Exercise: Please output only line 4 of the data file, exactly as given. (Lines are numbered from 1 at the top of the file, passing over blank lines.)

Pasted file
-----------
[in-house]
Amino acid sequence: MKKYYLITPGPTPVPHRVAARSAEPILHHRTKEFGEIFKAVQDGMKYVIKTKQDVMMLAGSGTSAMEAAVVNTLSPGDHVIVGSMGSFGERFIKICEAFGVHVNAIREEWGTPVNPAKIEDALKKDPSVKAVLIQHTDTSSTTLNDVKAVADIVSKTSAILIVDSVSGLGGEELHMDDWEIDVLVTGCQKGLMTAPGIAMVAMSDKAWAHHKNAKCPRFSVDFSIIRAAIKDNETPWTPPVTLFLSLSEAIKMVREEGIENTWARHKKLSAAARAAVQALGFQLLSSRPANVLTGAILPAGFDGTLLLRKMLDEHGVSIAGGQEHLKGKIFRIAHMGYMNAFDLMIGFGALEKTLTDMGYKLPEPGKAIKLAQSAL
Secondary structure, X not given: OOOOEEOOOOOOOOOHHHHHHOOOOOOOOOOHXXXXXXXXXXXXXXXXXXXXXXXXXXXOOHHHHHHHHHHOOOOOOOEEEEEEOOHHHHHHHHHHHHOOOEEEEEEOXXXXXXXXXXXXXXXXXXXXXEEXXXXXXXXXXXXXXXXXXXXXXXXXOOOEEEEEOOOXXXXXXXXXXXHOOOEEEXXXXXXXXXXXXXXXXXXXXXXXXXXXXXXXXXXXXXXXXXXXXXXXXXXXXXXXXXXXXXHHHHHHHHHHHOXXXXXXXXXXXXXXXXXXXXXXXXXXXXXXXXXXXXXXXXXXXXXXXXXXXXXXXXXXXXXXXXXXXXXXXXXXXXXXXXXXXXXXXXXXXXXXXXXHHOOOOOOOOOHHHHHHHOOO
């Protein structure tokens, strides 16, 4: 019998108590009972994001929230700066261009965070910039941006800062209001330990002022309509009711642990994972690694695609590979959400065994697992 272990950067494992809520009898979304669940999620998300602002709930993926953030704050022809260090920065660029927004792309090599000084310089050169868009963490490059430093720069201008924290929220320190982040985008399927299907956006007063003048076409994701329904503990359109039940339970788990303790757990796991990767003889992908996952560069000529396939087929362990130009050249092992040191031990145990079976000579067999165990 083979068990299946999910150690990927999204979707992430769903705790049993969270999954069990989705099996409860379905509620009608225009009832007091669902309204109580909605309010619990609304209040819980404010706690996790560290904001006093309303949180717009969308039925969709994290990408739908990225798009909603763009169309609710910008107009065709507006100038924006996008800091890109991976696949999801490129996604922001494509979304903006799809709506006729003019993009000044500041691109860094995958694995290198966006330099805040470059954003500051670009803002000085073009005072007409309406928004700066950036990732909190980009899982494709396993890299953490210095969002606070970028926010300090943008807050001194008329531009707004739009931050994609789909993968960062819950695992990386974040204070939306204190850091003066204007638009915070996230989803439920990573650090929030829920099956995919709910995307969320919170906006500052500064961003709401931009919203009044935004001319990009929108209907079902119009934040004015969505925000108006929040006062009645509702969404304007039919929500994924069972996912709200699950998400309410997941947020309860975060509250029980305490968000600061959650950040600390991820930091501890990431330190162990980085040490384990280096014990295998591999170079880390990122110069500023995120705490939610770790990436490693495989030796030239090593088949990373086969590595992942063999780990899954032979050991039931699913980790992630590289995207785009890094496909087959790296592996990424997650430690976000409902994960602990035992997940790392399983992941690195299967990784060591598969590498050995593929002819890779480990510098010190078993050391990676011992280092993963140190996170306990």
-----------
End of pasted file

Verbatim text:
């Protein structure tokens, strides 16, 4: 019998108590009972994001929230700066261009965070910039941006800062209001330990002022309509009711642990994972690694695609590979959400065994697992 272990950067494992809520009898979304669940999620998300602002709930993926953030704050022809260090920065660029927004792309090599000084310089050169868009963490490059430093720069201008924290929220320190982040985008399927299907956006007063003048076409994701329904503990359109039940339970788990303790757990796991990767003889992908996952560069000529396939087929362990130009050249092992040191031990145990079976000579067999165990 083979068990299946999910150690990927999204979707992430769903705790049993969270999954069990989705099996409860379905509620009608225009009832007091669902309204109580909605309010619990609304209040819980404010706690996790560290904001006093309303949180717009969308039925969709994290990408739908990225798009909603763009169309609710910008107009065709507006100038924006996008800091890109991976696949999801490129996604922001494509979304903006799809709506006729003019993009000044500041691109860094995958694995290198966006330099805040470059954003500051670009803002000085073009005072007409309406928004700066950036990732909190980009899982494709396993890299953490210095969002606070970028926010300090943008807050001194008329531009707004739009931050994609789909993968960062819950695992990386974040204070939306204190850091003066204007638009915070996230989803439920990573650090929030829920099956995919709910995307969320919170906006500052500064961003709401931009919203009044935004001319990009929108209907079902119009934040004015969505925000108006929040006062009645509702969404304007039919929500994924069972996912709200699950998400309410997941947020309860975060509250029980305490968000600061959650950040600390991820930091501890990431330190162990980085040490384990280096014990295998591999170079880390990122110069500023995120705490939610770790990436490693495989030796030239090593088949990373086969590595992942063999780990899954032979050991039931699913980790992630590289995207785009890094496909087959790296592996990424997650430690976000409902994960602990035992997940790392399983992941690195299967990784060591598969590498050995593929002819890779480990510098010190078993050391990676011992280092993963140190996170306990």